Blücher’s explosion of anger and vitriolic remarks about Jaspers’ text claims that Jaspers is seeking a pitiful way out by creating confusion as to the purpose – that of being ‘the true German’ - as well as the means of achieving it, which are ‘Christian/ pietistic/hypocritical nationalistic’ (Arendt and Blücher, 2000: 84). Leaving ‘the inner cleansing’ to Jaspers, Blücher, who is nota bene: a German, announces the politically relevant principle: ‘For me the outer cleansing is more important. The Germans [should be] prepared to do something to dry the tears of the degraded and the humiliated… Then we could at least say that we have accepted responsibility…’ (86)

It appears that Blücher has reached the core of the matter: responsibility needs to be materialized as an issue of citizenship, whereas Jaspers is making a continuous effort to define ‘what we are and should be – what is really German …?’ (1947) and is thereby keeping open a Pandora’s box of nationalism. The parameters for establishing the format for responsibility are here graphically formulated by Blücher, as they are present throughout Arendt’s theory: potently, they are designated as the urgent need to recognize the option of ‘citoyen’, citizenship.

While I am not claiming that this step will by any means resolve the issue, I do think that this is undoubtedly the point of departure; this is what Jaspers’ students needed to learn in 1945, and is even more what the students in Serbia need to learn now. This option for them will not be an easy one, however, since it comes - as it only can - as a burden. But I believe that the upcoming generation can take up and hold this burden of responsibility (‘The heavier it is to carry the better please I shall be: for that burden is my freedom’ Sartre, 1943). It is my contention that this is the only way they can forge their own citizenship.

How do we, as teachers, aid this process? Which approach to the multifaceted presentations of identity issues should we take, so as to bring out complexity and differences as Liana Borghi and Biljana Kasic respectively suggest? The approach of ‘deception’ in terms of playing into one’s identity that Kierkegaard so seductively used, and passionately recommended as a legitimate teaching tool in this case may prove to be too dangerous (though it is not to be ruled out as a principle).

Perhaps it would be useful to return to the storytelling that Hannah Arendt believed in; and some of the stories we need to tell most certainly come from the history of feminist theory, such as texts referred to as mea culpa statements (See e.g. Barrett and Mc Intosh, 1985). However I am more persuaded by the text of Adrienne Rich, who perceived her text ‘Notes Towards Politics of Location’ as a struggle for accountability; while noting the ‘…difficulty of saying “we”, ‘ she inverts Virginia Woolf’s statement ‘as a woman I have no country…’ by insisting that, ‘as a woman I have a country; as a woman I cannot divest myself of that country … I need to understand how a place on the map is also a place …within which I am created and trying to create’ (1986: 211) An especially abundant source is post-colonial writing, and in particular that of Gayatri Spivak (1999) and Chandra Mohanty (1991). I find Chandra Mohanty’s recycling of the concept of imagined communities very inspiring, since these are formed by ‘the political links we choose to make’ (Mohanty, 1991: 4), in line with my own focus on responsibility, here.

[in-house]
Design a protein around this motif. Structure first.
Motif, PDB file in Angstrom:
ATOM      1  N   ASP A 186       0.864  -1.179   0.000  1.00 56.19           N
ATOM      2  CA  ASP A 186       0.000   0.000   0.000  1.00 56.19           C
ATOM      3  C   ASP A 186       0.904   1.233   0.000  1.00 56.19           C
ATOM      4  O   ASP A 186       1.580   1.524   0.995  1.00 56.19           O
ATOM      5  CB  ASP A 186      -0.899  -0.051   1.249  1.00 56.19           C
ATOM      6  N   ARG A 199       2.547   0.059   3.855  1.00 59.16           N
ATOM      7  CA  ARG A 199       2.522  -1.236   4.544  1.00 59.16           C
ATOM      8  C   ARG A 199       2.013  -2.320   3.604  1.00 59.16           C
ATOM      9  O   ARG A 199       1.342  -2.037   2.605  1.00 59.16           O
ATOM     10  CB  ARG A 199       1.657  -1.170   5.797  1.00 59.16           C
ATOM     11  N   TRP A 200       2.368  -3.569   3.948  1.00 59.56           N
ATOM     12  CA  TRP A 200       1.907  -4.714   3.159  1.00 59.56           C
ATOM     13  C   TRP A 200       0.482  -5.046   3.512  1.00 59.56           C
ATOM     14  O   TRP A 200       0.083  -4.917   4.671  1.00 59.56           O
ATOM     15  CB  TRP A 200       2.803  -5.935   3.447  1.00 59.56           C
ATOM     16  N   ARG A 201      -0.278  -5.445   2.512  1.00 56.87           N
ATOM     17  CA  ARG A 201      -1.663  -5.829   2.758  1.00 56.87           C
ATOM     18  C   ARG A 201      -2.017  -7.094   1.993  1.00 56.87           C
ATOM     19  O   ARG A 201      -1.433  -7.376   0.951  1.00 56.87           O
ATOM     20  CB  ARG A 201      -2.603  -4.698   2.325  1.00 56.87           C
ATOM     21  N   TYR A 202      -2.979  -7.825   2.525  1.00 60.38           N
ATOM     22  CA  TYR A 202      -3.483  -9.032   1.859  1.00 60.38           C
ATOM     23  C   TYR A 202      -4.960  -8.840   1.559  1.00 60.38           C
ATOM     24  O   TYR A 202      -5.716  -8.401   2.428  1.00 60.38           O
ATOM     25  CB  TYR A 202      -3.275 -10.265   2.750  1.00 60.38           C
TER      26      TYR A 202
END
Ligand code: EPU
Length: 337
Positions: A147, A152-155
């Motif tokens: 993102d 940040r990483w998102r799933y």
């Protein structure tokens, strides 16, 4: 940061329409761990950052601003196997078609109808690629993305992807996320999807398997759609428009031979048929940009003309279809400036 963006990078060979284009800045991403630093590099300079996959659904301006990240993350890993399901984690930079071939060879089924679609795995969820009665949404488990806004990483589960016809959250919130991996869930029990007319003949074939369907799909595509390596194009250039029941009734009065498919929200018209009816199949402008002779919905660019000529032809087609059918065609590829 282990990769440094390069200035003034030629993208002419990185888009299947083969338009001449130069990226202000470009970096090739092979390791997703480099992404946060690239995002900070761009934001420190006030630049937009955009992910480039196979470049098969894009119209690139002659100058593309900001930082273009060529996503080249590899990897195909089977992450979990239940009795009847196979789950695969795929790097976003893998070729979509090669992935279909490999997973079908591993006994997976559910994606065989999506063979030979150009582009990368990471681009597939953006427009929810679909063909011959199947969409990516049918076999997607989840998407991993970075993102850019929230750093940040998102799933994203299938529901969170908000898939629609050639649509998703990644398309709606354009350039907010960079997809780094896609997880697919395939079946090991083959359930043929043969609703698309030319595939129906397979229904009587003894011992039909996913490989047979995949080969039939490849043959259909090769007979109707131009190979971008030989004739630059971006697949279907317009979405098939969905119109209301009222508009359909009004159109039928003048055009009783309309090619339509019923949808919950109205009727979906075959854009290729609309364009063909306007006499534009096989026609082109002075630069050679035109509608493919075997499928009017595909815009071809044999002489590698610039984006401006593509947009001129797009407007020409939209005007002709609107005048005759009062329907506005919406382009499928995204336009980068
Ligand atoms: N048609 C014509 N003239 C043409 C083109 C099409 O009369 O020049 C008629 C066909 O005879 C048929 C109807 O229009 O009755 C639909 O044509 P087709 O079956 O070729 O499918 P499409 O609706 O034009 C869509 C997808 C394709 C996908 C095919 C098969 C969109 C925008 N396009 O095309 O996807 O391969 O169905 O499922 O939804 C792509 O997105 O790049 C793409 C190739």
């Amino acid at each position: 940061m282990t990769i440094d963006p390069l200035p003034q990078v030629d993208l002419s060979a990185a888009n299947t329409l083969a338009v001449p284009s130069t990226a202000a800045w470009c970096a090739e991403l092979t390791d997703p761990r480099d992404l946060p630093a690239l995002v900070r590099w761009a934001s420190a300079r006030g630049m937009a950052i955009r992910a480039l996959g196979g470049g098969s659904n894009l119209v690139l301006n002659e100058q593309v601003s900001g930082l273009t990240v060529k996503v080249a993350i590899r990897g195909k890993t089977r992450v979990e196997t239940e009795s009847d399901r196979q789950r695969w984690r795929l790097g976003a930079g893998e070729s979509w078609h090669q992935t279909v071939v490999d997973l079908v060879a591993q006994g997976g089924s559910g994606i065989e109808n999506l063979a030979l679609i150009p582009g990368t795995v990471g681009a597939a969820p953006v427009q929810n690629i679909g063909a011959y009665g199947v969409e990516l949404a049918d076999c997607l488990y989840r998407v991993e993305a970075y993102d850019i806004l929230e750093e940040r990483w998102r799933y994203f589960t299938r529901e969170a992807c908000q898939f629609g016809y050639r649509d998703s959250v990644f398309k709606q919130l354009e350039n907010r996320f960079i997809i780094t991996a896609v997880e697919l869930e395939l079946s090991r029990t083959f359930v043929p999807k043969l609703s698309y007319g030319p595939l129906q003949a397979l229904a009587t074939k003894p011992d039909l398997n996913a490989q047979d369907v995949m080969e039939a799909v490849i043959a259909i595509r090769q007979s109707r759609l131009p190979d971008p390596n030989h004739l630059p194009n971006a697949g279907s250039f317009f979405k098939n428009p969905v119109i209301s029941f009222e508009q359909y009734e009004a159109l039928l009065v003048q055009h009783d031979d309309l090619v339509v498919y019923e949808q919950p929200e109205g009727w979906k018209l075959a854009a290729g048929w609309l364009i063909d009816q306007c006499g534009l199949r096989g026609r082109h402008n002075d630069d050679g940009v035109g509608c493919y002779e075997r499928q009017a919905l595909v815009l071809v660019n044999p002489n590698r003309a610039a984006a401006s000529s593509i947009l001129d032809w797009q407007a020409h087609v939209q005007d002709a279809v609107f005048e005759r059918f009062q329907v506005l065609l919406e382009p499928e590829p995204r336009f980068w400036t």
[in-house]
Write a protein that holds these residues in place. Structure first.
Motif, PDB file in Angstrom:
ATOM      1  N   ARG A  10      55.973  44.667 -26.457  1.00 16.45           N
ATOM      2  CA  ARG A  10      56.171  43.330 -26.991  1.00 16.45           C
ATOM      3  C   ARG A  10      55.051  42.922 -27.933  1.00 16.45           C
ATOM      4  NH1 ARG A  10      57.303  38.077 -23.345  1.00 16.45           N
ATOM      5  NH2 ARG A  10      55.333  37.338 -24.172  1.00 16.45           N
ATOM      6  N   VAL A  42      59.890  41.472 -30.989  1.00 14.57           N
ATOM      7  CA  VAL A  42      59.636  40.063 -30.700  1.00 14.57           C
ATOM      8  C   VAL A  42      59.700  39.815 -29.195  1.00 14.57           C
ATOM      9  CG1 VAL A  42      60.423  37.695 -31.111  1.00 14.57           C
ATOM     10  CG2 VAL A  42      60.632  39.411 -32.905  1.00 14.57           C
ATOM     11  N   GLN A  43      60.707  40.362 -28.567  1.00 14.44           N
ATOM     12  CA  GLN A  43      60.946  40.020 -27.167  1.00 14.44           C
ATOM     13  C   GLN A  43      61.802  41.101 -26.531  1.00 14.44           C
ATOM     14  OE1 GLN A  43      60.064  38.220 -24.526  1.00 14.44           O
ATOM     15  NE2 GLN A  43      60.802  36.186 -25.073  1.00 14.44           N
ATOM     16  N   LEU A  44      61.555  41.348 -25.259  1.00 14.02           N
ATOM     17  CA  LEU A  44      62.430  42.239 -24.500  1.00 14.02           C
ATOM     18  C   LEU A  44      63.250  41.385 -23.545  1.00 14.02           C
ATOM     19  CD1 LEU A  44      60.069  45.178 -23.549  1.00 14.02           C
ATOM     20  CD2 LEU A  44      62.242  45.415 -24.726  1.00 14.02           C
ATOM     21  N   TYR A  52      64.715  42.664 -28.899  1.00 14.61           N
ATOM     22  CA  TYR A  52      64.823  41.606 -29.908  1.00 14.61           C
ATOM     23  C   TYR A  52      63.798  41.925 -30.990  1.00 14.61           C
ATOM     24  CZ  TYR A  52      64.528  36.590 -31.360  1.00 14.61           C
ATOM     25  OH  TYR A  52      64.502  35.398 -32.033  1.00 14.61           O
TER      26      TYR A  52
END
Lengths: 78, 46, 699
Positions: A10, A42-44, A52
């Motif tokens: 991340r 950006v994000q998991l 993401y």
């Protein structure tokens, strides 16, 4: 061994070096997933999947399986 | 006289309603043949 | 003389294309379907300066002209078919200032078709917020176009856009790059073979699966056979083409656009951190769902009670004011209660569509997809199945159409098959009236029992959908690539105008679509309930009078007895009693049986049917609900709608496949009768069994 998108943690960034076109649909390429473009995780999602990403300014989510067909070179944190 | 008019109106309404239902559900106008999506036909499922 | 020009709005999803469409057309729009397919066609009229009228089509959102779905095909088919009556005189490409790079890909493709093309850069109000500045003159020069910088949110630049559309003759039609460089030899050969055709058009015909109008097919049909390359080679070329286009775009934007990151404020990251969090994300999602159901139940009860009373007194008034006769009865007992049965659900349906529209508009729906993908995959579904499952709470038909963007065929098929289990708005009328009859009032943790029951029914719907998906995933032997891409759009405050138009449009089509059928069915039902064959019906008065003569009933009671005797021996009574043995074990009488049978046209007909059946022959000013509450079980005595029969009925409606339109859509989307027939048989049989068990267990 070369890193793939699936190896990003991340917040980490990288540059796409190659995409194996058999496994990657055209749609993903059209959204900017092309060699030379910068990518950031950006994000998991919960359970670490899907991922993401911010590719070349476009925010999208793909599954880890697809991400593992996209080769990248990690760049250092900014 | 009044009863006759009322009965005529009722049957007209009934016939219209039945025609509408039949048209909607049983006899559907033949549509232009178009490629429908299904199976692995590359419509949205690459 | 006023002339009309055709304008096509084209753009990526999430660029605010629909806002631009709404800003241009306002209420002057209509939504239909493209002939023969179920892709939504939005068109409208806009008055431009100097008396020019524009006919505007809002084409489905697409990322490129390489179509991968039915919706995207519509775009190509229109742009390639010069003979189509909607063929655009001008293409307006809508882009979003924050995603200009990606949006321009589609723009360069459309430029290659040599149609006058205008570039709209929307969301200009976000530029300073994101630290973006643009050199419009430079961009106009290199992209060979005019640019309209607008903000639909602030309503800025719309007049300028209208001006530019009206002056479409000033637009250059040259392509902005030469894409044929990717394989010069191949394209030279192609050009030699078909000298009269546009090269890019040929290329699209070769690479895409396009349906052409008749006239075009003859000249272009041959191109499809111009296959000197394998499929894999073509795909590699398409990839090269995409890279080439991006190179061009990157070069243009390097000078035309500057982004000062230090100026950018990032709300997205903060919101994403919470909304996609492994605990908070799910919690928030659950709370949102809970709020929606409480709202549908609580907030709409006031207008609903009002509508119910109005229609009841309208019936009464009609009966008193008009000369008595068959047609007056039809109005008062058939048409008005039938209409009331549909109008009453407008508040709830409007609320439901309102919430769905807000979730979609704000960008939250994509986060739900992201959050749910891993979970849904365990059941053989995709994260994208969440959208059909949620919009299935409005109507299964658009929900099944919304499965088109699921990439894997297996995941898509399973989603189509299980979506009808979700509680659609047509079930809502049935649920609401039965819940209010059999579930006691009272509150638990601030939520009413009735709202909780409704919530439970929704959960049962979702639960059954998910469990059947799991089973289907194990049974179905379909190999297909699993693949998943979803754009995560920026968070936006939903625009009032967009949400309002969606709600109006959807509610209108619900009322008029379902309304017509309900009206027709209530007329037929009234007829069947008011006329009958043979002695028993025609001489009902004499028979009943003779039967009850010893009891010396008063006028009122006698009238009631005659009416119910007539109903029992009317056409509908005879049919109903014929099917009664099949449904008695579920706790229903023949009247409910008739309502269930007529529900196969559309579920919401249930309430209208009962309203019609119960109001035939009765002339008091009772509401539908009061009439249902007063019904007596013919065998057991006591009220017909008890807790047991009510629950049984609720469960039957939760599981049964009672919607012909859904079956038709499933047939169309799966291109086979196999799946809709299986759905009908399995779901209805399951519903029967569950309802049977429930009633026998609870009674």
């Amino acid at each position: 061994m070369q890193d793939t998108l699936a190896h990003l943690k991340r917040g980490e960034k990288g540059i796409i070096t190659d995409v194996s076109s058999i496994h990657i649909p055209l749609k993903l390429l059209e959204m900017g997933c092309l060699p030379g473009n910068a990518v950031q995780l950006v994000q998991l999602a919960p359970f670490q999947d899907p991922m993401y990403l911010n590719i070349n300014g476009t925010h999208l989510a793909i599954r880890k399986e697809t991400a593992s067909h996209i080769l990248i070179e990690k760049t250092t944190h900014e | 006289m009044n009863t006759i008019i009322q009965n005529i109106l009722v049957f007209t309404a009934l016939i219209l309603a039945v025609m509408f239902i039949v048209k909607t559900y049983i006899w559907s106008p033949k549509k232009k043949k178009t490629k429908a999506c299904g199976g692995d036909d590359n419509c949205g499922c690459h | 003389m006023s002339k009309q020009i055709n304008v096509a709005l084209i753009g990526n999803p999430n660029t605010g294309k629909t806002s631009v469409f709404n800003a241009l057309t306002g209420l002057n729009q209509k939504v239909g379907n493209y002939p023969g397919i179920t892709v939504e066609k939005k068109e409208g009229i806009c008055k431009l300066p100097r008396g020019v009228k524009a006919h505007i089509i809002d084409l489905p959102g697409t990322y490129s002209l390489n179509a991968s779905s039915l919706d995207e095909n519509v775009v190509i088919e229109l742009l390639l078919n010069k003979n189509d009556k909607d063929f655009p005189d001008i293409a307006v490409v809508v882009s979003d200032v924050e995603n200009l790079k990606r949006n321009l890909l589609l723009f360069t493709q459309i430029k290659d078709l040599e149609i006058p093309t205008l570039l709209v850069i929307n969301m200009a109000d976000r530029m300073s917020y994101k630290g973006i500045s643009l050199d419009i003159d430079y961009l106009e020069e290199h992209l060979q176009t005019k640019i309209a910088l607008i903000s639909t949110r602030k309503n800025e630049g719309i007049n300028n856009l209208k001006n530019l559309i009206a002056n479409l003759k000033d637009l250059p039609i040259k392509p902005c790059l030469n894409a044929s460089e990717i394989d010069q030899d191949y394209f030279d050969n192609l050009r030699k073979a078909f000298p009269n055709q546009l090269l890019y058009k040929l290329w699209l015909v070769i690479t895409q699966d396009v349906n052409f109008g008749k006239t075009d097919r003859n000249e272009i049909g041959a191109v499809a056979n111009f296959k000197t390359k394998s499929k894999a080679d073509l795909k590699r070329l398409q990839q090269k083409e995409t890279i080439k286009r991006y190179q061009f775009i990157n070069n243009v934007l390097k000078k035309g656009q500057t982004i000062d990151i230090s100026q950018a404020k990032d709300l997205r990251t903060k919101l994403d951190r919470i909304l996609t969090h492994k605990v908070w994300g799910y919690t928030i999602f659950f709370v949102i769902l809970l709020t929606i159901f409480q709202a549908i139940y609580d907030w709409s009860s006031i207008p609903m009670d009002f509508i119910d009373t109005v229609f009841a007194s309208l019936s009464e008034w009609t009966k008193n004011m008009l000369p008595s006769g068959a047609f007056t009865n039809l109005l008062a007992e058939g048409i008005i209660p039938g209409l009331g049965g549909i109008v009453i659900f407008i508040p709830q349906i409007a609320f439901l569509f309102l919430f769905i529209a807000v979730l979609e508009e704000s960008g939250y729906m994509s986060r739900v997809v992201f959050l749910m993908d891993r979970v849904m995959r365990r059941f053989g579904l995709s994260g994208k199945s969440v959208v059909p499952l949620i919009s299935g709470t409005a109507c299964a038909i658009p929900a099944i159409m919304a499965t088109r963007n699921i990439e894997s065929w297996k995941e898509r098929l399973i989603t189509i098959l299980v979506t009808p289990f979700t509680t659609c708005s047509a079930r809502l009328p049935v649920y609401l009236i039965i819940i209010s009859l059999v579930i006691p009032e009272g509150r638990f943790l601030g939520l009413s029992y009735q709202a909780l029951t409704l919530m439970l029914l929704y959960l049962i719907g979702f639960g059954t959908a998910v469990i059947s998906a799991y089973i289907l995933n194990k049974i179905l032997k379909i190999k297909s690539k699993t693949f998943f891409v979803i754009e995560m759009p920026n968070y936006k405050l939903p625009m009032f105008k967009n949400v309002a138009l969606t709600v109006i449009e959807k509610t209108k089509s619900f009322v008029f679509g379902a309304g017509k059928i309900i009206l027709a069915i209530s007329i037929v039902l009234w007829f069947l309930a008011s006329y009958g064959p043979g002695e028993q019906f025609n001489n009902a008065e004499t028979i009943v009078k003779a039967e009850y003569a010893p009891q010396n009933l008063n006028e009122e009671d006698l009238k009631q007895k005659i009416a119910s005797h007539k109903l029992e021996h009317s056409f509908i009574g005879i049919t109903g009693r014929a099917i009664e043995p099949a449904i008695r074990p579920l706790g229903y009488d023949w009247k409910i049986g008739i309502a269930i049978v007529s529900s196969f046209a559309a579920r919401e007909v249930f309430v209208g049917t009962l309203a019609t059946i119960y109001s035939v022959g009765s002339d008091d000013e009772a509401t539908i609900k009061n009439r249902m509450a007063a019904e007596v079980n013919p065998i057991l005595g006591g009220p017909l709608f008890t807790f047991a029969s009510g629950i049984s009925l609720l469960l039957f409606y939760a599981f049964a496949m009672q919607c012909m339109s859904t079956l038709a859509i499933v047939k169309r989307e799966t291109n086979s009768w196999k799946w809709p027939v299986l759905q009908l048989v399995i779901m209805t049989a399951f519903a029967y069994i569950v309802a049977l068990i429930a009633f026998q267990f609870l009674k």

However, to date, in the current higher education system in Serbia the only programs that have included - and loudly voiced - the concerns otherwise not addressed - such as war, nationalism, rights of the Roma, lesbian and gay issues, sexuality, the body, citizenship, civic responsibility, and individual accountability - are the alternative educational spaces offered by the hitherto unaccredited programs of the Belgrade Women’s Studies Center, Peace Studies, Alternative Academic Educational Network (AAEN) and the like. Since compulsory coursework still makes up 95% of every student’s program (4) any student writing from for example, a gender perspective would have a very limited number of choices: only two programs of the Belgrade University have, during the last decade, been offering elective courses from either this field of study or had any gender awareness (5).

Sartre once stated the only relevant reading is the one that changes us (see Sartre, 1960). By rereading the texts of the position papers for Travelling Concepts I have somewhat revised my position: I now think that, besides tending to the specific, contextual concerns of the students in Serbia, they need to be exposed even more urgently to the world of differences which has been denied to them for such a long time. Of course this is a slight shift, from being overly concerned with identities to recognizing that perhaps their own painful issues may be eased by opening up to others and activating differences, a crucial task, a critical tool, that I still think is mostly about the how of our teaching.


Footnotes:

(1) The troubled context of the Balkans has found its articulation directly or indirectly in Melita Richter’s position paper, I can also relate to the array of painful identity issues addressed through race (inspiringly unfolded by Giovanna Covi, here), diaspora or any other concepts, since they all point to equally sad models. Significantly the issues of resistance/s to these models have a prominent place on our agenda (one approach being offered by Marina Calloni ‘s concluding remarks and others lying in the myriad of teaching practices mentioned by, e.g., Liana Borghi, Eva Skaerbaek and Clare Hemmings, ).
(2) Another therapeutic potential lies in the concepts of ‘ethics of ambiguity’, reintroduced to me by Biljana Kasic and Eva Skaerbaek, who through this revived the notion of finding ‘ways to prevent war in the future’ (Skaerbaek) ‘enting the wars in the future’.
(3) In the extended sense that Emanuel Levinas (1997) developed in terms of focused upon a face.
(4) This is just one of the many problems with the higher education system in Serbia; for further stated in most of the evaluation reports of the European University Commission
(5) First, Department of Sociology, Philosophical Faculty, and second, Political Science Faculty, both within Belgrade University. Happily these initiatives are expanding: the University of Novi Sad has recently approved a Gender Studies Program.